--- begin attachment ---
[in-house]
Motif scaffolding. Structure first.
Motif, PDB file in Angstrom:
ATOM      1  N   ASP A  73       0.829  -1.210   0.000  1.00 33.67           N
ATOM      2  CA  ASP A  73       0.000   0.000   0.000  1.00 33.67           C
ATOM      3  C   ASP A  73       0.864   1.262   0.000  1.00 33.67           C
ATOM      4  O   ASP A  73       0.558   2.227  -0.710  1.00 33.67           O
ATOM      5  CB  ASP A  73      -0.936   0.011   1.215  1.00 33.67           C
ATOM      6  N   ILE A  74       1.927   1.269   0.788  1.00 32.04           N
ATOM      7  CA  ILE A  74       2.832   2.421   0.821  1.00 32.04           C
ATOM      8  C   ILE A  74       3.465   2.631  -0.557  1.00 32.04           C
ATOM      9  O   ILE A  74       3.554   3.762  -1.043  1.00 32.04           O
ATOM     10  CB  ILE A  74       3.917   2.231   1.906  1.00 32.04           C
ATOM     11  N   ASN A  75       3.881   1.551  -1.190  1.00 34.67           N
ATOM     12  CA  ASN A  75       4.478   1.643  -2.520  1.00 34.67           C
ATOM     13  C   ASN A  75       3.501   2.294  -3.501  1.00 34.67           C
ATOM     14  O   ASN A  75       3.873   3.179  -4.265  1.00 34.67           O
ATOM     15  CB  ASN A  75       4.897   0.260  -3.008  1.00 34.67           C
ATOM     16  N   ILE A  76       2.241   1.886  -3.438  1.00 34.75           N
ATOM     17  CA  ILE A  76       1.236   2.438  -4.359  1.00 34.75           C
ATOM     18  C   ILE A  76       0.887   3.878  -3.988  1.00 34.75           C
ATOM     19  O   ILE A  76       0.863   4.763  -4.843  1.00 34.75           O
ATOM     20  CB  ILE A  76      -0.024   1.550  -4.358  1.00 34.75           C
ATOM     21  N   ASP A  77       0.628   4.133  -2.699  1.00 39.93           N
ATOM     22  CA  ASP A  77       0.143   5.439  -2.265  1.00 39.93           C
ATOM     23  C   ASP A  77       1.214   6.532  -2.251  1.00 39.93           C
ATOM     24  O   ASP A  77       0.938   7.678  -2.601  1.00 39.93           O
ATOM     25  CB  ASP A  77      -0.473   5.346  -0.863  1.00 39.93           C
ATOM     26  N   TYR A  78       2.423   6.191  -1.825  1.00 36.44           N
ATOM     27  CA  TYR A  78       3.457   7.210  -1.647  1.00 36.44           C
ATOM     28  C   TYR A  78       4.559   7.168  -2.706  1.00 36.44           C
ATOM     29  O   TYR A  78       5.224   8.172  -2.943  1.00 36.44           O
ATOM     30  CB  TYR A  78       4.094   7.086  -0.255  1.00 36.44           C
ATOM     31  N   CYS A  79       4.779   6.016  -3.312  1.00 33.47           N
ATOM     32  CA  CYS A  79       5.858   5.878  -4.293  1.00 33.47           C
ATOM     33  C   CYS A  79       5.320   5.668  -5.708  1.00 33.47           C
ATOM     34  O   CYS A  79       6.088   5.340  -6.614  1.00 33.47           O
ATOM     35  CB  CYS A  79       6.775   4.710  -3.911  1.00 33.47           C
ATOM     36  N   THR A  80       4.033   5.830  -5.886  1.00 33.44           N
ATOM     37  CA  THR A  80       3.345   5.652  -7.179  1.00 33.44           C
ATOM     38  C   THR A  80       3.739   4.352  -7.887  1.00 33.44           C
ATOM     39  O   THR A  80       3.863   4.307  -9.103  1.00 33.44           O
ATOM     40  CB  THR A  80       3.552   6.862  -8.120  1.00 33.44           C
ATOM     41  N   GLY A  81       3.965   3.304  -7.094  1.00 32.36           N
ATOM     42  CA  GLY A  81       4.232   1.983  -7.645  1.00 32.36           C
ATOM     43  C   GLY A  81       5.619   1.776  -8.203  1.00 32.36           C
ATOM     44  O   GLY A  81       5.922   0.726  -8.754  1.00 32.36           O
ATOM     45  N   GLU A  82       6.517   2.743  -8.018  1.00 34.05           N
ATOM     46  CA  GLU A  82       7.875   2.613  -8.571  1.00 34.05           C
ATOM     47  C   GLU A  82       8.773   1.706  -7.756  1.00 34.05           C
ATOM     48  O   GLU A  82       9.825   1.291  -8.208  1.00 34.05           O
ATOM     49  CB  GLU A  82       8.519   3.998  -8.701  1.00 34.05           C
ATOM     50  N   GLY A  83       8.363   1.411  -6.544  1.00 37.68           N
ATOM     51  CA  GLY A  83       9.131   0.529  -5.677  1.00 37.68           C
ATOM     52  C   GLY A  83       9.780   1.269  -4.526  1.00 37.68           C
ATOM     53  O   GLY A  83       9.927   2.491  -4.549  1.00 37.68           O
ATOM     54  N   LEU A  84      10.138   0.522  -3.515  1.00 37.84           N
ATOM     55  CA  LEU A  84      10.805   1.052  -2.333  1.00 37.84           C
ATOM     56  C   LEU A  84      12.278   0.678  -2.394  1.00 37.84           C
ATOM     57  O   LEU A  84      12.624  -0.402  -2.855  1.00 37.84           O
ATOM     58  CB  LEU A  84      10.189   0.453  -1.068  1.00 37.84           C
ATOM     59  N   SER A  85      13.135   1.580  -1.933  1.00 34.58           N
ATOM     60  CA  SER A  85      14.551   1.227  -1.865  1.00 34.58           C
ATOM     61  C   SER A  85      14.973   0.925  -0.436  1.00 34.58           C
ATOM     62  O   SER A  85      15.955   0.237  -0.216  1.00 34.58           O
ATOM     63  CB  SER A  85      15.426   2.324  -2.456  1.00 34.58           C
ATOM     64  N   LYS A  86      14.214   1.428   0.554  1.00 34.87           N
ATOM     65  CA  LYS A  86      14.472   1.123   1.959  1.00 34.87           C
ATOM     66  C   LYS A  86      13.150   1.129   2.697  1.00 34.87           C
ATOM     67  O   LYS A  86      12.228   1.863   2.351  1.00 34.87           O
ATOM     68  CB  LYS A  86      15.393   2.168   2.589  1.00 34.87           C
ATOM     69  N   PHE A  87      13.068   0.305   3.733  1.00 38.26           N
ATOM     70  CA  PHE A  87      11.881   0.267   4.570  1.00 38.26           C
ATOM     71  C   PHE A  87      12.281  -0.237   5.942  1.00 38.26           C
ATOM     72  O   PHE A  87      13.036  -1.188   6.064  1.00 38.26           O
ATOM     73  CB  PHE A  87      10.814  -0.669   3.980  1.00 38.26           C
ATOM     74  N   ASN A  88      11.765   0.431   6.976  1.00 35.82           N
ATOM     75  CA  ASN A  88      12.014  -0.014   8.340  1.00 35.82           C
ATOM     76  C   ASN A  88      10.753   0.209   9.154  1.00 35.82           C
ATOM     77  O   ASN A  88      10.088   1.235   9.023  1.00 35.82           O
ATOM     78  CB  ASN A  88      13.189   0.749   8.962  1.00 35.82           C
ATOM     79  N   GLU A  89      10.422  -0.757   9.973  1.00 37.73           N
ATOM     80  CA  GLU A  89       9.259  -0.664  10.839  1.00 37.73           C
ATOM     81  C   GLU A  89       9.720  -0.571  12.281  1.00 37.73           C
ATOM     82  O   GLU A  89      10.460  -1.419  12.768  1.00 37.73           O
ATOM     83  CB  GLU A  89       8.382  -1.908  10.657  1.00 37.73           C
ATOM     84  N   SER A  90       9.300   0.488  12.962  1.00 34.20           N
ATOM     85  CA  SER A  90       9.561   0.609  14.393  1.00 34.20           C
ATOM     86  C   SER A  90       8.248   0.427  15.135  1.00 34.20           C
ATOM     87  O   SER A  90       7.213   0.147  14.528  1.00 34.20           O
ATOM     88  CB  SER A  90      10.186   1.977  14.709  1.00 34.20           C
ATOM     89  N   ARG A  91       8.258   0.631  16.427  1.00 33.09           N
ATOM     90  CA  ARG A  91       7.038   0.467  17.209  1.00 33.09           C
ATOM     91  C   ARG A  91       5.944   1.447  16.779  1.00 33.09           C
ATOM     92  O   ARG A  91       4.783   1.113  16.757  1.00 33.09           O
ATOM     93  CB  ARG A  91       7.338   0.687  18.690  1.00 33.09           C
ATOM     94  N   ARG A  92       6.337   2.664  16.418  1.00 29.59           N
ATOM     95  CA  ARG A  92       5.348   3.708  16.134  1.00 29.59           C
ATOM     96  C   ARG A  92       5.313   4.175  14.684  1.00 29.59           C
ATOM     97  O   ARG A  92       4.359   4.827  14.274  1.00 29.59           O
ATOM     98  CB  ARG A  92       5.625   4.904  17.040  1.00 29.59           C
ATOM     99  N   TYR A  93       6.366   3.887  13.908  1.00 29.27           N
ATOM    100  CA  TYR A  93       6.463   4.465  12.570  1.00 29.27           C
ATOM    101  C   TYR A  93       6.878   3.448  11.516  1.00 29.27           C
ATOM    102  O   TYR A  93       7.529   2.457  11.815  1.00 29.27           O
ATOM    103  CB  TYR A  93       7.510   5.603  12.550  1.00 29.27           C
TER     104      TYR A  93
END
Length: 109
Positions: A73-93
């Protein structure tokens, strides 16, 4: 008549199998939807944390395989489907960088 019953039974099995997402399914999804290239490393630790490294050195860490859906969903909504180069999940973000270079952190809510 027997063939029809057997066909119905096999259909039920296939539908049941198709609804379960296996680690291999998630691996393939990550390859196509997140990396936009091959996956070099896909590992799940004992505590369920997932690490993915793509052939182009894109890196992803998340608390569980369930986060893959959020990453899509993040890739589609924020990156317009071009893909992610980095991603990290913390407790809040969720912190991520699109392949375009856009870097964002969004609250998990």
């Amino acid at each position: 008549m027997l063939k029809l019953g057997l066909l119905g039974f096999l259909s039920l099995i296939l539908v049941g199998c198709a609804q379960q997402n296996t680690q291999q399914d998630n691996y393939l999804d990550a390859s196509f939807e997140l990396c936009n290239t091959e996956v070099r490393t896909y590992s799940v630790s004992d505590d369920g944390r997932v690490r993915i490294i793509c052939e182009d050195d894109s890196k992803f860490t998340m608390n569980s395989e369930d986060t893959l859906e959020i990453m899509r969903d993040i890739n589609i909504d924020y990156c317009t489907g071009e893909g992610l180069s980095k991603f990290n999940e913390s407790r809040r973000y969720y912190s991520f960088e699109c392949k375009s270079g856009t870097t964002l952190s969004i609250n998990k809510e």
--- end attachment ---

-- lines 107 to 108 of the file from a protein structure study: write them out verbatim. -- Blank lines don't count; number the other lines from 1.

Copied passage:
TER     104      TYR A  93
END